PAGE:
Teary eyes. Cupped chin in the light-skinned chubby palm. Wondered how she could redeem her flamed Gh¢ 25,000 from the embers. A mother of three children. A shop owner. Middle-aged. Amidst sobs, she stuttered a few words. Upon prodding from onlookers, she finally opened up.
I stooped and commiserated with her. She budged for the interview. “I left home this morning after cooking for my three children. I turned off every gadget before leaving to bathe. I went to my shop and was later called that our house is in flames.
I came to see all my belongings burnt. My loan of GH¢15,000 and my personal money worth Gh¢10,000 which I left in the room have all been burnt”, distraught Berlinda Attoh reminisced.
This fire came up apparently due to the negligence of a neighbour who left a gas cylinder unattended. It was almost 10 am on Thursday, 8th December 2022.
Two of the Ghana National Fire Service (GNFS) Tankers had parked. Firefighters moved frantically to trace the source of the fire. Police officers strolled the locality to nip any near-fisticuff in the bud. Pockets of onlookers gathered. They shared varied accounts of the fire that gutted one of the residences on the Oregon, Avenue, Adabraka in the regional capital. It is about two weeks to hit Yuletide. Tsikata, my colleague had taken a timely cutaway of the sea-blue coloured gas cylinder that had apparently spawned the ‘monster’.
Customers are expected to throng all supermarkets. There is a high proclivity to be overly excited about the festive season and be negligent, especially with electricity.
The rate at which, fire outbreaks are skyrocketing is becoming more crucial to discuss. Statistics from the GNFS reveal that it recorded 4,467 fire outbreaks between January and July across the country for the first half of 2022. Out of the total number, 444 road traffic collisions (RTC) were attended to and 107 rescue duties in the same period. January recorded 1,090 fire outbreaks, with bushfires rising to 432, while there were 317 domestic fires. In February, out of the 762 fire outbreaks that occurred, 239 cases were domestic, with bush fires at 224, with only four industrial fires. In March, there were 551 fire outbreaks, a decline of 211 from the previous month, representing 27.7 percent.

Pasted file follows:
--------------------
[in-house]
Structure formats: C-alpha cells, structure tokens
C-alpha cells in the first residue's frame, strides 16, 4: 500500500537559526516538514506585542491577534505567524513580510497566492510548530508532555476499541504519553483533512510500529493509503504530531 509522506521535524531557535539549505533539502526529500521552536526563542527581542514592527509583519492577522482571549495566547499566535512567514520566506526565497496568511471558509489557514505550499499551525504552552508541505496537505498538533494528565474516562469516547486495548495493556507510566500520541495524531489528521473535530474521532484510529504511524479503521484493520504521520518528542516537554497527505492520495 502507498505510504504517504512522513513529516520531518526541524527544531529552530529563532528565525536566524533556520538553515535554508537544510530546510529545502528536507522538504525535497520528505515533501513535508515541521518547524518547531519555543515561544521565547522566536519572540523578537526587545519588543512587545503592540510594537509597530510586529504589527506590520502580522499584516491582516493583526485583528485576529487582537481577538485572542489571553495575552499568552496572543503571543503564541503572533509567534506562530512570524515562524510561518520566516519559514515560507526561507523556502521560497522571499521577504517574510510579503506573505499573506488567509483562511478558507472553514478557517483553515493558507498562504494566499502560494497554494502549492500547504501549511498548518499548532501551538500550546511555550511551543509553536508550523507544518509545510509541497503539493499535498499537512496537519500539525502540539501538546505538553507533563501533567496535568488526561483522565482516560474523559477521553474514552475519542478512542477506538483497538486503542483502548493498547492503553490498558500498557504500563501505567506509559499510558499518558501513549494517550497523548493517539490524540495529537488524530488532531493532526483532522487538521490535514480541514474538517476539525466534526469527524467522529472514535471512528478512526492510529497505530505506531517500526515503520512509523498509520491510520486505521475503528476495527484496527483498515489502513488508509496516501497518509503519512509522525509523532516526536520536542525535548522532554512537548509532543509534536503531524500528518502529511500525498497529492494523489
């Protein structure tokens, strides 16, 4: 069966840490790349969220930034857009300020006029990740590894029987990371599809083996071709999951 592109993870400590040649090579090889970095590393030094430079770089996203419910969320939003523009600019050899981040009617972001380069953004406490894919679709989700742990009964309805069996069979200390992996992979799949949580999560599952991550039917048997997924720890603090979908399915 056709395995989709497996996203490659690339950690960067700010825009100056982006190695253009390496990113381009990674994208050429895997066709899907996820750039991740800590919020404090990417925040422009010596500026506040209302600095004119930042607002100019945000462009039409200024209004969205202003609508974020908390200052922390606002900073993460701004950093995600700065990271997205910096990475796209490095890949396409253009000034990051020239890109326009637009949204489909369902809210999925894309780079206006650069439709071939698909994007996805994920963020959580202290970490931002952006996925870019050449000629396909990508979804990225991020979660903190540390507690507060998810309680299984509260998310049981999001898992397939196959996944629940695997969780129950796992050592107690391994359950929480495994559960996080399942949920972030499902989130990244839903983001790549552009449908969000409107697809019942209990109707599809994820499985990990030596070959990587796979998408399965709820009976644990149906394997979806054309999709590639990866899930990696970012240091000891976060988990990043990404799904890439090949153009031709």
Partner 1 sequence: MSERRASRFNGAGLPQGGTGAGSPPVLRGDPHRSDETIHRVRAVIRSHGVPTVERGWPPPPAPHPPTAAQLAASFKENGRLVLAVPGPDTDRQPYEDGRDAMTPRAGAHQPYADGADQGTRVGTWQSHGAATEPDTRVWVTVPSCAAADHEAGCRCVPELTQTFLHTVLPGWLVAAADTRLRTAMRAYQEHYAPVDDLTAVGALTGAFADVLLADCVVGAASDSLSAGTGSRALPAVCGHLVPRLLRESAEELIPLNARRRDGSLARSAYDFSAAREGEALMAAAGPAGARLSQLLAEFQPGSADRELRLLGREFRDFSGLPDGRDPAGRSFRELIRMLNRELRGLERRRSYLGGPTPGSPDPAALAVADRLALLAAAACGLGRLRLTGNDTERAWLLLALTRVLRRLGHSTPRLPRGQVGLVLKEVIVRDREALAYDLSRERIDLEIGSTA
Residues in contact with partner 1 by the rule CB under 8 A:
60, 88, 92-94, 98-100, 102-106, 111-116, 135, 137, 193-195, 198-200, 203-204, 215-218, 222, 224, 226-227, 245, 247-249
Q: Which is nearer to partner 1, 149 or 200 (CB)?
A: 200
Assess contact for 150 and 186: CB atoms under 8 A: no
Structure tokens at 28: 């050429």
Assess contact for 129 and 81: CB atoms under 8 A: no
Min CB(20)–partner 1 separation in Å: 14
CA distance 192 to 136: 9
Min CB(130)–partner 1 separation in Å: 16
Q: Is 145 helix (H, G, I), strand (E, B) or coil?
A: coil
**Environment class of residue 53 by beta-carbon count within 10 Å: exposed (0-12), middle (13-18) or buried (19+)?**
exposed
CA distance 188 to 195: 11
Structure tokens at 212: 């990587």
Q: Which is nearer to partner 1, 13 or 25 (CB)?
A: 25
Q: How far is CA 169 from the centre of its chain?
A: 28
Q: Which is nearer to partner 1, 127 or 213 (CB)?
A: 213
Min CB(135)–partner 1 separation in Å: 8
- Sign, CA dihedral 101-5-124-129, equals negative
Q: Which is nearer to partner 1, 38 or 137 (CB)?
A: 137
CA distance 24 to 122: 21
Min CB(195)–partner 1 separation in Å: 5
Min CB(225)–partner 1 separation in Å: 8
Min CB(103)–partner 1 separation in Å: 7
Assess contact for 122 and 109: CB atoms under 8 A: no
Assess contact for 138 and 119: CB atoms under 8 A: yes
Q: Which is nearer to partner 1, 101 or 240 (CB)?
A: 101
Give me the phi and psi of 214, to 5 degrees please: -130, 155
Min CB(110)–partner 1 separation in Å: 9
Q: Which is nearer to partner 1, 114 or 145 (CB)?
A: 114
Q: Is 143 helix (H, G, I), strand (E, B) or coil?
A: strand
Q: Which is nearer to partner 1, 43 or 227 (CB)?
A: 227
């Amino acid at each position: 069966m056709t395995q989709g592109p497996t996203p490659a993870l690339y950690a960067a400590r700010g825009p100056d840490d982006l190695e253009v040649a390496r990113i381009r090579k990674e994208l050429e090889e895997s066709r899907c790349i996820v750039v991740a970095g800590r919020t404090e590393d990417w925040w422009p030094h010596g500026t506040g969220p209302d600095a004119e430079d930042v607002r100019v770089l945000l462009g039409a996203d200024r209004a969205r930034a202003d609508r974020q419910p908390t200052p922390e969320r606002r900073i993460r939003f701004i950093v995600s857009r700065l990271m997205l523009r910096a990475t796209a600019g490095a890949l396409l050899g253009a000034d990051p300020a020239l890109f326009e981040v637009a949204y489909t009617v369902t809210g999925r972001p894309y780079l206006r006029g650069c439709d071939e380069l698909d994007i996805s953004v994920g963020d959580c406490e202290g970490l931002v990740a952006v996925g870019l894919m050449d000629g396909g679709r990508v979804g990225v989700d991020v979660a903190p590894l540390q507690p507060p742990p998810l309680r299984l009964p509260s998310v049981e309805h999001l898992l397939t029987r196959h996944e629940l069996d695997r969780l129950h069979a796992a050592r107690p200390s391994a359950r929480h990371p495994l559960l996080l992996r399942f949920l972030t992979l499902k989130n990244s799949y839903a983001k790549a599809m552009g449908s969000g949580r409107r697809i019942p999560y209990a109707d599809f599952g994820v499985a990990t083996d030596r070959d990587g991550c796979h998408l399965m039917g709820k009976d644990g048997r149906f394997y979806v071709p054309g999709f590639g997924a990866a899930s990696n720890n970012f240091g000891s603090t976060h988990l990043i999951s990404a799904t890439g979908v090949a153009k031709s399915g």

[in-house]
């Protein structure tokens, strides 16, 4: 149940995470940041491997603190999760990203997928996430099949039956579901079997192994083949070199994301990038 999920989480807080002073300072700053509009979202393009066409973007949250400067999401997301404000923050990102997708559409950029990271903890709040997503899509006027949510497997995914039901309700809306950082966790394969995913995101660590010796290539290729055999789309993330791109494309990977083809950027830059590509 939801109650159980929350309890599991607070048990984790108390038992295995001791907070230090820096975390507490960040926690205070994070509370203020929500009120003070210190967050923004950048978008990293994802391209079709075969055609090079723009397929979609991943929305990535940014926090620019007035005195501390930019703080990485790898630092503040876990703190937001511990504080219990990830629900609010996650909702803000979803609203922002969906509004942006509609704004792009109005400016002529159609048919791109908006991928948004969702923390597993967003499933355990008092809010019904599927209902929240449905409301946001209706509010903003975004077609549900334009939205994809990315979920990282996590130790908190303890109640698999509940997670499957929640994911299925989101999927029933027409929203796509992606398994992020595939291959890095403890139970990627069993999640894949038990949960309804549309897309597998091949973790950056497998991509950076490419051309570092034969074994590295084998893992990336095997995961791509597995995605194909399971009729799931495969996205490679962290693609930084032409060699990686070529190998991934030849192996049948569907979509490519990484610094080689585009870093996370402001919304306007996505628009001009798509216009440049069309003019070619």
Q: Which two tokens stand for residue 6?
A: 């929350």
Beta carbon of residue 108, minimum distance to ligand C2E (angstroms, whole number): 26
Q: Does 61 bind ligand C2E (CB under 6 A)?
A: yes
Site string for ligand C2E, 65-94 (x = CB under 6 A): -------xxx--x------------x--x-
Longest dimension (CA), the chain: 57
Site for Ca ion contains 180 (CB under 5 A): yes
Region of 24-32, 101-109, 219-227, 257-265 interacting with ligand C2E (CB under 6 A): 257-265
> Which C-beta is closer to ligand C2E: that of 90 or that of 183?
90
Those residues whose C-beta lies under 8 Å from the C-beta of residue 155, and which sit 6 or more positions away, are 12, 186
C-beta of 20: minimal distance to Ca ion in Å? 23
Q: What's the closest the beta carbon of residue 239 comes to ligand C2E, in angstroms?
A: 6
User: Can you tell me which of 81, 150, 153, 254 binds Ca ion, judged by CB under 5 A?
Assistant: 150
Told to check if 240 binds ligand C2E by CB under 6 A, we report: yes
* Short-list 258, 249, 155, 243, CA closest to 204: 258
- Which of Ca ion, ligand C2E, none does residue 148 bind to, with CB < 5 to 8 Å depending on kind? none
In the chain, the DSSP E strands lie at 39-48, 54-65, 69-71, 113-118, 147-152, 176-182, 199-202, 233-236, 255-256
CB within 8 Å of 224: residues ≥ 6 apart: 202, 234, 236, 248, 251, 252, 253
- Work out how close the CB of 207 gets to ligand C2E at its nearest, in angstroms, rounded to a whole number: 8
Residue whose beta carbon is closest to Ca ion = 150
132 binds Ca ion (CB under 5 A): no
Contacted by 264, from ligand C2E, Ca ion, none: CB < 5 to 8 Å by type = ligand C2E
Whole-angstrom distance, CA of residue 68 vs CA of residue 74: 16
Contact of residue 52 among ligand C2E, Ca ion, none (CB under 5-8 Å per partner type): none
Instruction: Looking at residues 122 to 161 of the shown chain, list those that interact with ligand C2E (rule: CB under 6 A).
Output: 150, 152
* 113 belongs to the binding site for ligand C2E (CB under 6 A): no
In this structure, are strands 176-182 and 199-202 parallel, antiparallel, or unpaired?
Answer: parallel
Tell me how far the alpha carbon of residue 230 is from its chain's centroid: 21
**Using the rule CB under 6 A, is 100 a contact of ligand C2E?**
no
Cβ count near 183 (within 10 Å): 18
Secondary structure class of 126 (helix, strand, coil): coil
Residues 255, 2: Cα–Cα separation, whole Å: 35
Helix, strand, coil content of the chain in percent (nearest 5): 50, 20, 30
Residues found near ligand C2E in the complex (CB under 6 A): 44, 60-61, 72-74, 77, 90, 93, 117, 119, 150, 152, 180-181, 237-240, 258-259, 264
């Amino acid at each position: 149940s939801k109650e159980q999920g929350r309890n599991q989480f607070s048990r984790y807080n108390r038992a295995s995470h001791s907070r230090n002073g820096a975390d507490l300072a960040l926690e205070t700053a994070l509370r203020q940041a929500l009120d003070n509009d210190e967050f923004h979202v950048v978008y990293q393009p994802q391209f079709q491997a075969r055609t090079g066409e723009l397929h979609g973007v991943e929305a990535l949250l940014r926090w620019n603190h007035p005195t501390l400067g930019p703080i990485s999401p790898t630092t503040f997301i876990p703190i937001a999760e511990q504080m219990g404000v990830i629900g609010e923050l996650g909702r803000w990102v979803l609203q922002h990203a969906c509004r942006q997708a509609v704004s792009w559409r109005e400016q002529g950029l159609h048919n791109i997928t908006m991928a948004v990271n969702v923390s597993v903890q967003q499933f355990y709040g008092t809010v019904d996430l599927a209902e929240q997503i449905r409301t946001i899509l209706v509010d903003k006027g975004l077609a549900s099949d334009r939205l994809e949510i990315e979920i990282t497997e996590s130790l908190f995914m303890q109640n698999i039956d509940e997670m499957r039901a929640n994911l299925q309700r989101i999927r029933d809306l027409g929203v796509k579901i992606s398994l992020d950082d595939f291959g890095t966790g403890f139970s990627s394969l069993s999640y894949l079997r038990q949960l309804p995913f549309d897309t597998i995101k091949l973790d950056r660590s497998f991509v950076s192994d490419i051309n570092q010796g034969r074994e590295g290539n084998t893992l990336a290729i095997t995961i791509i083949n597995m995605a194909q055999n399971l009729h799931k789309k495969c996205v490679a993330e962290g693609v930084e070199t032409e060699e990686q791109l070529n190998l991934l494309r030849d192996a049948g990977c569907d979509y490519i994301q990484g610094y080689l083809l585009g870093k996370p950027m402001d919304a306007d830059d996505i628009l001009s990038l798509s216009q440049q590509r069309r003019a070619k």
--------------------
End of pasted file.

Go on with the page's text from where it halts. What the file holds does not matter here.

The highest category recorded in that month was domestic fires – 207, electrical and bush fires – 78 each, and three industrial fires. For April, there was a further decline of 81, representing 14.7 percent. The service recorded 470 fire outbreaks in that month, with domestic fires being the highest, with 184. Electrical fires were 111, with only one industrial fire. In May, there was a fall of seven, representing 1.4 percent. In all, there were 463 outbreaks, with 195 domestic fires, 85 electrical fires, and two industrial cases. In June, the number was further reduced by 116, representing 33.4 percent. There were 347 fires, out of which 148 were domestic, 82 electrical and two were industrial.
In the month of July, there were 351 outbreaks, with domestic fires accounting for 157 and commercial fires for 75.
For the quantum of cash that has been lost over the first half of the year, the GNFS recorded a whopping GH¢36,197 million.
The cost of salvage is over GH¢8 million. The figure is an increase over last year’s loss of GH¢24.2 million during the same period.
The GNFS said the destruction was from a total of 4, 467 fire outbreaks recorded nationwide for the first six months in 2022 as compared to 3,307 last year.
The efforts of the Service can be recommended in that, it is embarking on a national campaign to sensitize Ghanaians on how to deal with emergent fire outbreaks. On his part, the Assistant Chief Fire Officer 1 (ACFO1) Timothy Osafo-Affum who is the National Communications Director for GNFS, hinted that they have targeted by the middle of the month that, the 16 regions of the country to successfully launch the campaign. Again, I firmly believe that a chunk of the work to curtail the incidence of fires largely depends on the individual. According to the Public Relations Officer (PRO) of the GNFS, Divisional Officer II Ellis Robinson Okoe, attributed the situation to disregard for fire safety rules. Mr. Okoe also explained the need to conduct basic general cleaning to clear all cobwebs and also tidy up homes to reduce materials that could serve as fuel during an outbreak. “Cobwebs are also another major cause of fire outbreaks. Any little flame that comes into contact with it can easily result in fire. I want to advise people to clear all cobwebs and dispose of unwanted clothing which also serves as fuel when there is an outbreak in our homes,” Mr. Okoe said.
Merry Christmas in advance, let us stay safe.